It is a nearly 12 o'clock and I must go to bed as tomorrow night we are having a dinner dance here and also I am Squadron Duty Officer so I won't get much sleep.

I haven't received any parcels yet but they will quite likely be here in a couple of days.  I haven't sent your parcels yet so I suppose they will be about a month late.  I hope you don't mind too much as I don't get a chance to do much shopping.  The shops are usually all closed by the time we get out of camp.

I didn't have any cranberries with my Christmas turkey but I'll bet you did,  I wish I could have enjoyed Christmas dinner with you this year - I am getting hungry for a  real meal.

Best Wishes for 1940.

As Ever, Love

Friday, December 19, 2014

World War II Letters Home December 19, 1939 - Estelles Wickenkamp

                                                                                               Royal Air Force
                                                                                              King's Lynn, Norfolk
                                                                                              December 19, 1939

Dear Esther:

I am afraid I haven't been keeping up my writing very regularly - It is the same old story - so much "flap" and duties that it is a bit hard to take time off.   I am living in one of the rooms in a married officers block and it is a way from the mess so it isn't very convenient to run back and forth.

It doesn't look as if this Christmas is going to be much like the last one, but I guess it is no use complaining.  Last week-end I spent a few days at Oxford with Renee and then we went to Bedford to Roddy Ross'  wedding, where I was best man.  After the wedding, Doug, Renee and I went to London, as that was the only way we could make train connections and we stayed there over night in the Strand Palace Hotel, which is a very nice place.   Renee went home alone to Oxford and Doug and I caught the train back here.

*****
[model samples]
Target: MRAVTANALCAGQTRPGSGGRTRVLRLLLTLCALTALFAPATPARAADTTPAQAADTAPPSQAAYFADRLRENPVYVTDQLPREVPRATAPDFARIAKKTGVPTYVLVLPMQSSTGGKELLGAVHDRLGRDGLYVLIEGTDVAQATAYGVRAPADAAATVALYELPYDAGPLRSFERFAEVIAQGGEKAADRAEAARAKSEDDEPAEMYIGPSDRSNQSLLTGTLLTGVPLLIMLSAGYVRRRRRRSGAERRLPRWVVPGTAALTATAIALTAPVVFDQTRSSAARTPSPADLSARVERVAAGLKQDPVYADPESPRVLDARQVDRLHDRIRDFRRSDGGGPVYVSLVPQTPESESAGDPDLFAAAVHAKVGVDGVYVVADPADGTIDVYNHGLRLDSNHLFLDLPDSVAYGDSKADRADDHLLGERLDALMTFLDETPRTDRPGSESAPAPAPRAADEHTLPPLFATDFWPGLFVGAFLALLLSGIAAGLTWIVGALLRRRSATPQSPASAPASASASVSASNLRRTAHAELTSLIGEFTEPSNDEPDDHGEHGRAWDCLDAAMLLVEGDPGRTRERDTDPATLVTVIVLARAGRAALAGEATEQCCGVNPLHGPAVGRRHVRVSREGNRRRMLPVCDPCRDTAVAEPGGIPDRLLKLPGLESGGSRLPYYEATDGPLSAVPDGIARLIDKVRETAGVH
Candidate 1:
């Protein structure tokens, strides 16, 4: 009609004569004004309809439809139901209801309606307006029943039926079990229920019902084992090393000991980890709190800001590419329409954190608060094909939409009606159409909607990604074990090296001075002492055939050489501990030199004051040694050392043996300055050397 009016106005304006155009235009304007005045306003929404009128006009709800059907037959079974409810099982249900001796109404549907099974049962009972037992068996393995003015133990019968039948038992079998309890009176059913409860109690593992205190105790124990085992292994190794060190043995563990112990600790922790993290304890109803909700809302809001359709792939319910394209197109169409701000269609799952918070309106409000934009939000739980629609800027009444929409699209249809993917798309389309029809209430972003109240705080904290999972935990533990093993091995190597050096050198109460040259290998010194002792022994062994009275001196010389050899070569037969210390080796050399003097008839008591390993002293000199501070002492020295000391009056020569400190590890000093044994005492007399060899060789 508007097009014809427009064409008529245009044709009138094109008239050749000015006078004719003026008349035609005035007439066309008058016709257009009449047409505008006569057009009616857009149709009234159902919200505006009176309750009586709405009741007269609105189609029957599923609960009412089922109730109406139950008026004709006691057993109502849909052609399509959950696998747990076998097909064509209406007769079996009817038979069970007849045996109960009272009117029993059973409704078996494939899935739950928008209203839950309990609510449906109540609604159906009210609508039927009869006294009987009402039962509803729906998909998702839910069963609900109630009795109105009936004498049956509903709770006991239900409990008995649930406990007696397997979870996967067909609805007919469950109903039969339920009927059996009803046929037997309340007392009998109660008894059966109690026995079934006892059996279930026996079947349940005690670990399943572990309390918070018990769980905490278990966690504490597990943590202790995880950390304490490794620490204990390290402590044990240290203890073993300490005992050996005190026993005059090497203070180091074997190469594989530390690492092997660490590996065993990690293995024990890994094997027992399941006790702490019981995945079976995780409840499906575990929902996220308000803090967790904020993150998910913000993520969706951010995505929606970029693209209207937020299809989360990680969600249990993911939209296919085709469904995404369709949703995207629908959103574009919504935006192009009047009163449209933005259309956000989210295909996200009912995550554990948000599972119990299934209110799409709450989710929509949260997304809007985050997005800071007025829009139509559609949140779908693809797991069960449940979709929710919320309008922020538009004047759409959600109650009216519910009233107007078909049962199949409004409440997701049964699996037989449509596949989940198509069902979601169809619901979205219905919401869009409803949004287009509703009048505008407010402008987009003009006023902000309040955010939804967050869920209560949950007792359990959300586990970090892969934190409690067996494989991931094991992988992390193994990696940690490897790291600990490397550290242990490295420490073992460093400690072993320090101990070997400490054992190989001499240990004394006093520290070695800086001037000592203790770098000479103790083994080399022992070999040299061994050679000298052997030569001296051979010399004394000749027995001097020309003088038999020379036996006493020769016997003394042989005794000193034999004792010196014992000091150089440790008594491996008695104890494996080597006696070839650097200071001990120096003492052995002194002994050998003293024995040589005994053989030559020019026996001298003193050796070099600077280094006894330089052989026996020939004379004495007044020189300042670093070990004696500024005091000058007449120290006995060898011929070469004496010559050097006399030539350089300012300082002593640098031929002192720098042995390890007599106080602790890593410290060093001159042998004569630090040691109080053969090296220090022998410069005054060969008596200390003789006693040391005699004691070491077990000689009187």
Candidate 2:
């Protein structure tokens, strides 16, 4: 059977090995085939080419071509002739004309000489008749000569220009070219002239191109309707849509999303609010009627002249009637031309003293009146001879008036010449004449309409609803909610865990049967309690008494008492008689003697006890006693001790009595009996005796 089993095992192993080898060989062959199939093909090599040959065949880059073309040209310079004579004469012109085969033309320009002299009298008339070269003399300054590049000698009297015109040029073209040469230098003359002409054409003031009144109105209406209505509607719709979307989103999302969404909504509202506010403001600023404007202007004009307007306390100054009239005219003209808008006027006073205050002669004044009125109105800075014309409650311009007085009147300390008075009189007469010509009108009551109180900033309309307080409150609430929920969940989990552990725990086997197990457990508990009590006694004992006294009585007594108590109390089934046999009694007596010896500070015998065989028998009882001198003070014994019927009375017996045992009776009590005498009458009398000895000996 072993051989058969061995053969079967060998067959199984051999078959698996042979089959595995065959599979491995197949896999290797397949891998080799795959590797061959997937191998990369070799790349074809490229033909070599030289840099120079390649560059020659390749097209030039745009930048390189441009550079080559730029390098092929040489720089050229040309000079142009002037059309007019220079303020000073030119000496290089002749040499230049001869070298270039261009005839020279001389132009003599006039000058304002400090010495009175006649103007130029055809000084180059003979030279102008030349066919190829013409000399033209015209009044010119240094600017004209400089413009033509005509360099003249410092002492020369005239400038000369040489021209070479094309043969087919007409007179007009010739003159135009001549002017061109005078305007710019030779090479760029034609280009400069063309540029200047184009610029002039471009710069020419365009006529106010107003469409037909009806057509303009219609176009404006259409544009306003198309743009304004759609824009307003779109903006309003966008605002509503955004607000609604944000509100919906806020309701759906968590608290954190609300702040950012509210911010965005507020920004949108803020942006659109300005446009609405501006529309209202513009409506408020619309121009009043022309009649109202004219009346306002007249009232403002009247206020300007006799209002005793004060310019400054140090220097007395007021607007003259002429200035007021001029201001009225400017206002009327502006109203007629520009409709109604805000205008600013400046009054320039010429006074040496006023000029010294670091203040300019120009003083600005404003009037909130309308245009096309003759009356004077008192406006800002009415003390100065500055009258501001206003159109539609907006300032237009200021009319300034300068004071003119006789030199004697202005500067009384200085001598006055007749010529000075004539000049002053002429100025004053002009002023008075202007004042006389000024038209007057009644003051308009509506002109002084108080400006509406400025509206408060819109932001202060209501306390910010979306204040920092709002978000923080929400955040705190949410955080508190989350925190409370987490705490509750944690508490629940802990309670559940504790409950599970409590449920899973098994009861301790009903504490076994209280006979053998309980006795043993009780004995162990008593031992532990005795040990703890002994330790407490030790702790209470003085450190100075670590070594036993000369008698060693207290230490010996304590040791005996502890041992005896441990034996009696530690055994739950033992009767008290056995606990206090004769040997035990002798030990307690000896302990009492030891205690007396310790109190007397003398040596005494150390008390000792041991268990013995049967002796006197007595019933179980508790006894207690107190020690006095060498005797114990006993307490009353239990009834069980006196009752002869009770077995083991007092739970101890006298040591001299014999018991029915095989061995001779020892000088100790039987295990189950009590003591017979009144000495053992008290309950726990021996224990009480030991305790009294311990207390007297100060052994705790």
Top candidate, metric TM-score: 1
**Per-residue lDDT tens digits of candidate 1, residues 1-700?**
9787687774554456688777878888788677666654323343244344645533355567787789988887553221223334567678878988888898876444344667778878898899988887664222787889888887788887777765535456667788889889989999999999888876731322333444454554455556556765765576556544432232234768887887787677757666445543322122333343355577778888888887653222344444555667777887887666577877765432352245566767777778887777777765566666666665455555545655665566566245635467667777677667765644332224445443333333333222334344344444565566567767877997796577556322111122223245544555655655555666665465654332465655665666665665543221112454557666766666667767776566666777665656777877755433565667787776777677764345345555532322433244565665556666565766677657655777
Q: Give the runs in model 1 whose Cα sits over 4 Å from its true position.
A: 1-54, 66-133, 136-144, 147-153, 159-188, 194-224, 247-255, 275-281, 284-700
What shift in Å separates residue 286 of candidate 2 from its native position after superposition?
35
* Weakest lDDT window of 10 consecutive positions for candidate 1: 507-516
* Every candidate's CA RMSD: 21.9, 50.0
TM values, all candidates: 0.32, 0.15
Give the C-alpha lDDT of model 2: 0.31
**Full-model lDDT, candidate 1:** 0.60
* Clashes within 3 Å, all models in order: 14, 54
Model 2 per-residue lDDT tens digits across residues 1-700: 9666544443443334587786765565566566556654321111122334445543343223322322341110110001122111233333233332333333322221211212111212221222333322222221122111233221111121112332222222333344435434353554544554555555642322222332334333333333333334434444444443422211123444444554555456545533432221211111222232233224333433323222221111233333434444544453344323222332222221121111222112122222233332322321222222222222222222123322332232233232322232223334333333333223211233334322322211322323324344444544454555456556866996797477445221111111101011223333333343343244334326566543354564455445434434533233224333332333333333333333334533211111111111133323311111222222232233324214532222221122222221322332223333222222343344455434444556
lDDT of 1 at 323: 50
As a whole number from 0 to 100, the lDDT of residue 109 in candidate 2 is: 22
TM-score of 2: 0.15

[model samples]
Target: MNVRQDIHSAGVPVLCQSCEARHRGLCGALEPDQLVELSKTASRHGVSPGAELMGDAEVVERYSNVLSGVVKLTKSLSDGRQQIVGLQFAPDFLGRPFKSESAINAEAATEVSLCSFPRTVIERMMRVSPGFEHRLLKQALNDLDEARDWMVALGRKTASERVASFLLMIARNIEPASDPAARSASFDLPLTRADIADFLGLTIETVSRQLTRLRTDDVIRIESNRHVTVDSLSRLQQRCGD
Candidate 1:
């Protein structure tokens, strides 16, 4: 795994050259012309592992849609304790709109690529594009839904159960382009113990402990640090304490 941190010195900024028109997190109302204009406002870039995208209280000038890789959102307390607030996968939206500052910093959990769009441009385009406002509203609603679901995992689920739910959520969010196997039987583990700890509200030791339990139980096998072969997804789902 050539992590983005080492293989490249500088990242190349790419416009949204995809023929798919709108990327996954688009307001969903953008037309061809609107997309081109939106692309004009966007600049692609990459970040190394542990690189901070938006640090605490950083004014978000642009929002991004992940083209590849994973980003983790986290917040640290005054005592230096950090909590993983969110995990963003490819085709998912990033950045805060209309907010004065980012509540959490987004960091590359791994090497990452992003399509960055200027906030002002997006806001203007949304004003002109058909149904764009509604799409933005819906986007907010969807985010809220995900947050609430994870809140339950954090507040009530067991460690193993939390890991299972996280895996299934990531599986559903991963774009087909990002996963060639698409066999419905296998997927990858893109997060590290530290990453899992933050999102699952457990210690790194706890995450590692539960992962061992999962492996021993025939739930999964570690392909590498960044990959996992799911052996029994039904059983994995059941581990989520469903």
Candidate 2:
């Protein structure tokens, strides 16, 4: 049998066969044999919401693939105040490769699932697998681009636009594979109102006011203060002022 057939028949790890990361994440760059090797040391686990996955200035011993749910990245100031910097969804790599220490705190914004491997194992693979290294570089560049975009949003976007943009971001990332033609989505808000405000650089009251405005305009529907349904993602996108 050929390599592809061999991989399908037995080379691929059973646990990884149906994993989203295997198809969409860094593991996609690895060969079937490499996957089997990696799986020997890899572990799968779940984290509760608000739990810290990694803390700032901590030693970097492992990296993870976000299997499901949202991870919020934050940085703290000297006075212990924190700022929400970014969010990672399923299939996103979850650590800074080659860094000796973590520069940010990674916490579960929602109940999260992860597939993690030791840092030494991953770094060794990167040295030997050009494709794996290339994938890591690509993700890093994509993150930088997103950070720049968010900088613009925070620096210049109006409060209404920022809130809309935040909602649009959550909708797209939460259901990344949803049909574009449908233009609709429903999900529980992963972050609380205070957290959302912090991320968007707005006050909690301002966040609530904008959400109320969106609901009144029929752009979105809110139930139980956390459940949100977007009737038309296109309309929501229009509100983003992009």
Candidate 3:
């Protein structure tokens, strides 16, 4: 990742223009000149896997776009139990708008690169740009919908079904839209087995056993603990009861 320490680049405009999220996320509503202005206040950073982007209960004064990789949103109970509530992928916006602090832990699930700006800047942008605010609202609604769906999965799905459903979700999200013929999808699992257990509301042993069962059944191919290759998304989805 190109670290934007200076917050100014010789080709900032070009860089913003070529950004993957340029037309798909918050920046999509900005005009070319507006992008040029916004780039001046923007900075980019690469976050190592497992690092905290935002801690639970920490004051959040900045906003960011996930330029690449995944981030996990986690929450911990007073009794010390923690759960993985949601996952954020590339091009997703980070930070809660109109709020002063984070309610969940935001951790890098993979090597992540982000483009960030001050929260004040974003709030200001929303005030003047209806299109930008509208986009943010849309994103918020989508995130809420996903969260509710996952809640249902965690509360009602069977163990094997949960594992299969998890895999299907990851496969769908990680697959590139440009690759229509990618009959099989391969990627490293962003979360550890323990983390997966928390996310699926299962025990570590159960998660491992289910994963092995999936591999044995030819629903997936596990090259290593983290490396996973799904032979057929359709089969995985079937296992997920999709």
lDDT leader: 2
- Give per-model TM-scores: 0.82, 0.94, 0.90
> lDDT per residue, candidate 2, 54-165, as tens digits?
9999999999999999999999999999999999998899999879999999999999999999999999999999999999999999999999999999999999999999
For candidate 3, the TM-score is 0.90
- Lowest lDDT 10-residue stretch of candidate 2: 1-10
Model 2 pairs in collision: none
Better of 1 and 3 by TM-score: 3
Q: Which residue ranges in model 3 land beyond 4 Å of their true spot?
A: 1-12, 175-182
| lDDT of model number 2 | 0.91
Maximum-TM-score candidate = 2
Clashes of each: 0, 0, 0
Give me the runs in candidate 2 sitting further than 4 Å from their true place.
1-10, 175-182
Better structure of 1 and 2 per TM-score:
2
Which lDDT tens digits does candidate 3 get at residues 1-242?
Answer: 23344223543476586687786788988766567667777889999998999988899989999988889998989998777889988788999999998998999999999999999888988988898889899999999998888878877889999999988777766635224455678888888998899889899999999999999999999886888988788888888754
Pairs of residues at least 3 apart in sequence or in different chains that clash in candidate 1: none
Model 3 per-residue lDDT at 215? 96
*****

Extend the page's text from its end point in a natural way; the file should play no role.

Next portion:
I think I will be getting a 3 day leave at Christmas so I am going to spend it at Oxford,  Oh yes, I meant to mention that Roddy and his crew went down somewhere Helogoland yesterday.  Some of the crews of the different aircraft that wee lost have been rescued - that is - the ones that were still alive but Ii don't know whether he was one of them or not.  Pretty tough on his wife.  I have lost so many acquaintances and friends during the last week that I can hardly keep track of them.  Most of them are scattered around at so many different stations that it is almost impossible to find out who doesn't return - that is, when all of them don't do so. Until lately we have been quite fortunate as all of the formations nearly always returned, but the last few days this Heligoland and Whilhelmshaven business has wiped out a big percentage of our aircraft and crews.  Maybe it should be left alone for awhile until the "big bugs" think up a better scheme of attacking it.